Here’s the thing about Albany: It’s a railroad town, and cruising around town on a bike inevitably means you’re going to see trains.
First, of course, you hear them. And being a railroad nut, when I hear the horn of an approaching train, I usually stop to watch it go by. Which is what happened, again, on Friday afternoon:
Years ago the Portland & Western decided to name some of its locomotives for the towns where the roilroad operated. I think this happened when it was still called the Willamette & Pacific, in the late 1990s.
On Friday, the train coming across the river had engines named Independence, Clatskanie, Philomath and Adair Village.
I can’t remember seeing an engine named Albany lately, but according to a list I found online, there used to be one, and maybe it’s still in service.
The list seemed to date from 2006, and it showed 18 locomotives with city names, from Albany and Corvallis to Toledo and Willamina.
The list of locomotive names included Forest Grove and Hillsboro. Ironically, the Portland & Western has just filed a notice of intent to abandon the line between those two points in Washington County.
The line is 5.6 miles long. In a filing with the federal Surface Transportation Board, the railroad said there had been no traffic on the line since November 2015.
Judging by the regular rail traffic through Albany, local lines are not likely to be abandoned. There’s no reason to fear that around here train horns and crossing bells will fall silent any time soon. (hh)
At approximately 5:53+ in the video, between the ladder rungs of a yellow box car, is a simple line drawing. It is of a squinty-eyed person wearing a hat and smoking a pipe. It is an act of vandalism. It is also a famous railroad moniker done on numerous cars over the years and is known as the “Colossus of Roads”.
Monikers on trains are a folk tradition going back a hundred years in the USA. Russell Butler, a brakeman in Arkansas, and the artist of the “Colossus of Roads”, is retired from both the job and monikers, so his marks are now pretty rare. Thanks for sharing. That was exciting.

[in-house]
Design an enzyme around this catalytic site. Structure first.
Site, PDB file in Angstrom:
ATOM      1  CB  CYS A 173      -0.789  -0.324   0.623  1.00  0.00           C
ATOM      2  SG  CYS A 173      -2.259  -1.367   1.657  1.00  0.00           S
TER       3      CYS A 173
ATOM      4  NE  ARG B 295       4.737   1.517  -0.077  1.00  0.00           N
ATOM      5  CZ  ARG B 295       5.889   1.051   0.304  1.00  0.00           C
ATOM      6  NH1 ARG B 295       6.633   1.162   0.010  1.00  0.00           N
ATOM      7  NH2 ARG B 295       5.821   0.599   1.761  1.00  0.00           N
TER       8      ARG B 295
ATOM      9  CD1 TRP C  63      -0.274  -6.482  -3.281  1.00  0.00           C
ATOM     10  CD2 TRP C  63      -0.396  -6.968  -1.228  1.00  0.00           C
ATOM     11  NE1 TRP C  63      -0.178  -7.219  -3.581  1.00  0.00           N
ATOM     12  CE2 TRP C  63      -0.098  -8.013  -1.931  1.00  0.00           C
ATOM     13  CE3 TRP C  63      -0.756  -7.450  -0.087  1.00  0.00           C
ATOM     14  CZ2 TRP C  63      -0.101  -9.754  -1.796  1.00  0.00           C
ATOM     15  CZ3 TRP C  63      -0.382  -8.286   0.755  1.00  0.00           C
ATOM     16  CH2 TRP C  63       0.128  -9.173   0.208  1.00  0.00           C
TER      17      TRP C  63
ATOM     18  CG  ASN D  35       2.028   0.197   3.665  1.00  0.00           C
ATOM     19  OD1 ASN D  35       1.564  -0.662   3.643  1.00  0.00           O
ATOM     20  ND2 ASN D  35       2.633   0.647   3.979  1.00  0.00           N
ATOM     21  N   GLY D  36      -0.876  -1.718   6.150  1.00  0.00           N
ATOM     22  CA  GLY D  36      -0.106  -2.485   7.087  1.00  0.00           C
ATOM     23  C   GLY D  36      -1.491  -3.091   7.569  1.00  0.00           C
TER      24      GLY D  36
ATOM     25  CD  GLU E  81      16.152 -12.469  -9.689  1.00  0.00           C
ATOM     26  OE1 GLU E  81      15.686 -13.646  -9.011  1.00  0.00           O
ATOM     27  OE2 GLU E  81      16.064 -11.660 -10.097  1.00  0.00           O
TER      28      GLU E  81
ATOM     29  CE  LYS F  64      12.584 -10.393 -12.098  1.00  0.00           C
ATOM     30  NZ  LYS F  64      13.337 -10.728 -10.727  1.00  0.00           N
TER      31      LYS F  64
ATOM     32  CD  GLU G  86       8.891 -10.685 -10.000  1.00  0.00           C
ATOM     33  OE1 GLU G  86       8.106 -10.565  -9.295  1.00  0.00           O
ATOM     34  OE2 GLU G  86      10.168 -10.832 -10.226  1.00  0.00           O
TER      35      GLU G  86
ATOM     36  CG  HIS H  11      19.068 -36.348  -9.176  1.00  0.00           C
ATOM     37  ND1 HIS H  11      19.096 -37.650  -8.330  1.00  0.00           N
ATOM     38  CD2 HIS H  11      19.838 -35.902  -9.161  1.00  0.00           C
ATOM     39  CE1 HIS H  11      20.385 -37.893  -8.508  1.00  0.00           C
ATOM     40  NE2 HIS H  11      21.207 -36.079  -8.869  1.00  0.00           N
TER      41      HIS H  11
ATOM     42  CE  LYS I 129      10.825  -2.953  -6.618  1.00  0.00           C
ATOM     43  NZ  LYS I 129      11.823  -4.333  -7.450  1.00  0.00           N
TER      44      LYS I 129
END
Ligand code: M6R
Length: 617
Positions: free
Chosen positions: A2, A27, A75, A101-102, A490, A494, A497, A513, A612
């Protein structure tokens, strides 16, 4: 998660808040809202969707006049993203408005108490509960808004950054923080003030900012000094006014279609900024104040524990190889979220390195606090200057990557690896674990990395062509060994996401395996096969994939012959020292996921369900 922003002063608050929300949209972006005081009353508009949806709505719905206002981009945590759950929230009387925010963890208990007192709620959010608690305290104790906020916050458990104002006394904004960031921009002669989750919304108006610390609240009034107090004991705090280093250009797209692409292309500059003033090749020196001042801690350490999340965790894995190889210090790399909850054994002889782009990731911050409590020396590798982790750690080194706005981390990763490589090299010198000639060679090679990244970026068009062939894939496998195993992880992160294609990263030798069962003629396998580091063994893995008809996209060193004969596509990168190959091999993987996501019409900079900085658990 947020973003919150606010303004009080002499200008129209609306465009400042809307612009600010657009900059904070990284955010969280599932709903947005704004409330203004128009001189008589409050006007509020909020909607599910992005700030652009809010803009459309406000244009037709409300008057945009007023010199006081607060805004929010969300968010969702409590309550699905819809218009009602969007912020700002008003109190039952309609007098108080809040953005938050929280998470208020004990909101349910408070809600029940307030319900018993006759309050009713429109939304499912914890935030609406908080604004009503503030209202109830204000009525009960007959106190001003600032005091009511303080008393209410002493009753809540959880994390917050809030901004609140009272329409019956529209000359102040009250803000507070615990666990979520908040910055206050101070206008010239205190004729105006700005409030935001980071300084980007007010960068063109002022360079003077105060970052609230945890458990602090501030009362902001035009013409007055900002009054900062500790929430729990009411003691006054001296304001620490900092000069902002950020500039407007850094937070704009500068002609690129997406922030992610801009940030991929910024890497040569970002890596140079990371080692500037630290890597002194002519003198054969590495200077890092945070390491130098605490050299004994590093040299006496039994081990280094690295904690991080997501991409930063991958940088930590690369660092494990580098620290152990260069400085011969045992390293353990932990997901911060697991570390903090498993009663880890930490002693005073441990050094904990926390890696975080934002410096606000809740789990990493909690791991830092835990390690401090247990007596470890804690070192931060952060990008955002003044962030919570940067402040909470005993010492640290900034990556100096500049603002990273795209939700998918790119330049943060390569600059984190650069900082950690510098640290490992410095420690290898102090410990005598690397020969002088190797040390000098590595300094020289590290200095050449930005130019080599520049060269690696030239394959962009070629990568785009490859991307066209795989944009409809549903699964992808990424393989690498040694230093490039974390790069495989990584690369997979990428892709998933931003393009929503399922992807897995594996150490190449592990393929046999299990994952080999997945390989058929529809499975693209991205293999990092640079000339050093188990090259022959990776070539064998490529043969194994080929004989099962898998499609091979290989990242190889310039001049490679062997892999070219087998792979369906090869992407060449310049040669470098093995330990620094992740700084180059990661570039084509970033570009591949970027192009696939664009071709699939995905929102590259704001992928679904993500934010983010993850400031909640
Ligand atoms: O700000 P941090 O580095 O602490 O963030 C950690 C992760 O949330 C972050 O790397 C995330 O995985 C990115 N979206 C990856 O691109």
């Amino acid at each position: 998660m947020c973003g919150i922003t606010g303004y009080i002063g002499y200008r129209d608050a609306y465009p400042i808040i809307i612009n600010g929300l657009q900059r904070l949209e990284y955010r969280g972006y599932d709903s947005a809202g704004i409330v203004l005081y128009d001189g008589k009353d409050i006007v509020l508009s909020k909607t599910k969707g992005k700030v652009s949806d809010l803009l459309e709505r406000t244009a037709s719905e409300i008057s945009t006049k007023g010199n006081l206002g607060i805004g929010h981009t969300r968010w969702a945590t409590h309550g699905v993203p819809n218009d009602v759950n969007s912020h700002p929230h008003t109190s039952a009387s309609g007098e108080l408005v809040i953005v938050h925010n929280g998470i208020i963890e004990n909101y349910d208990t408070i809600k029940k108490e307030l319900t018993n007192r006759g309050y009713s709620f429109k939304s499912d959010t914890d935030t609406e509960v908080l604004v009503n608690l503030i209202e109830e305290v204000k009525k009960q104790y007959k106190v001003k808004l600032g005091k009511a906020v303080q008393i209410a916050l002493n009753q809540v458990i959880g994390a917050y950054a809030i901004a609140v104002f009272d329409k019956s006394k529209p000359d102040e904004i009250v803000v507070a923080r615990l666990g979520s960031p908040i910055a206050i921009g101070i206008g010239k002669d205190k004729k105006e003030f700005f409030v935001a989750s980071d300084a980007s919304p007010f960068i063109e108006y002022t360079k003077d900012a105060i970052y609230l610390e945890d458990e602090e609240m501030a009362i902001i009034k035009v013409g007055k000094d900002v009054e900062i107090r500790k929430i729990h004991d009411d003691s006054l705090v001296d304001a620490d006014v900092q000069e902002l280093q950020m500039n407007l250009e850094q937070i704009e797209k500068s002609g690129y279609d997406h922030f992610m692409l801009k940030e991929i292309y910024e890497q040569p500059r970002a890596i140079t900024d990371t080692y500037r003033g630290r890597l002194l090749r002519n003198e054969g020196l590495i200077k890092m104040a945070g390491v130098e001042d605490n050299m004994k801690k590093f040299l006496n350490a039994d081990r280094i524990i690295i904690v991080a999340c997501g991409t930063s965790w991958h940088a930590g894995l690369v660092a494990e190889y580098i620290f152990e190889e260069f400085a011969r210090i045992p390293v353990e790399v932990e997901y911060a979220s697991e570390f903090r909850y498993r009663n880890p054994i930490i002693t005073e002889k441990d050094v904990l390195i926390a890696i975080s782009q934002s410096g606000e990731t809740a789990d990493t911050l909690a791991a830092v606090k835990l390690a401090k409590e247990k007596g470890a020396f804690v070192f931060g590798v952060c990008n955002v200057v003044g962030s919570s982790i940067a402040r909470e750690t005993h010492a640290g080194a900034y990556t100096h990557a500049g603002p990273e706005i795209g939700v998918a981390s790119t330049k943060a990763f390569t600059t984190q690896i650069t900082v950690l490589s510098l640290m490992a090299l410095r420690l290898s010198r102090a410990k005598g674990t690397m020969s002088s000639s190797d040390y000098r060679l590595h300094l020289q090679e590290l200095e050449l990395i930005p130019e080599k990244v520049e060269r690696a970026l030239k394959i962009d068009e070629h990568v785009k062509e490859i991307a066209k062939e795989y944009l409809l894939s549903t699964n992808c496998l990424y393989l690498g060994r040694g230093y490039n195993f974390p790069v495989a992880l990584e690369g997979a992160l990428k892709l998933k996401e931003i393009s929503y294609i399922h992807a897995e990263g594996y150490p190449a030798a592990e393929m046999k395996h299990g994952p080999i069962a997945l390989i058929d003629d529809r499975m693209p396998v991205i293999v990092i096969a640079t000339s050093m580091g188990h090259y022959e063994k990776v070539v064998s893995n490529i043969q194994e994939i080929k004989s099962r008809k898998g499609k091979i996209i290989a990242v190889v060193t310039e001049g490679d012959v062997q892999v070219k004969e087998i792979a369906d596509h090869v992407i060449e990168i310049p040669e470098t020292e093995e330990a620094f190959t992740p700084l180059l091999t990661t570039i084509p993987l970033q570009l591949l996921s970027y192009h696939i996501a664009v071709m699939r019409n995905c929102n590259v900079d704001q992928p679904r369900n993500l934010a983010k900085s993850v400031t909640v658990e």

Thanks for the interesting info Hasso. I had no idea that engines were named. Makes me want to go set up my old O Guage Lionel!
Great reporting! Love those trains! I am in Fir Grove, 5 miles from Albany. I can always hear the freight and Amtrak horns out here. One of these days, I’ll rush on down and jump on the Amtrak Cascades and ride on! It’s only a ride…
PS: Check out the very cool mural on the side of a barn – around 5.5 miles on NW Springhill. On the right side. It is a class act!
Heartwarming story to wake-up to on a Saturday. Or Ning!
PNWR 2316 (Albany) has photos on RR Picture Archives from as late as 2019
I loved every minute of your exciting video Hasso! Now that I’m retired, a train doesn’t make me late for much of anything. I just call it the travelling art show. Now I will look for the names on the engines next time!
When the Willamette & Pacific was formed in 1993 out of former Southern Pacific branch lines, they purchased 17 GP39-2 locomotives from the Santa Fe railroad – some of which are still painted in blue and yellow Santa Fe colors and are not named. Of the repainted locomotives, numbers 2301 (Sheridan), 2302 (Adair Village), 2304 (Corvallis), 2305 (Dallas), 2307 (Independence), 2309 (Philomath), 2310 (Monroe), 2313 (Lake Oswego), 2314 (McMinnville), 2315 (Willamina), 2316 Albany), and 2317 (Tigard) are most of the ones that are named. Several other locomotives were named that I can find – 1551 (Toledo), 1804 (Eugene), 1851 (Hillsboro), 1853 (Forest Grove), 1854 (Beaverson), and 3300 (Salem). The 15xx and 18xx locomotives are either out of service or will be very soon, and the 3300 was apparently a persistent maintenance problem and was sold. More recent acquisitions have not been named.
Much like the city of Salem, the 3300 being a persistent maintenance problem seems appropriately named.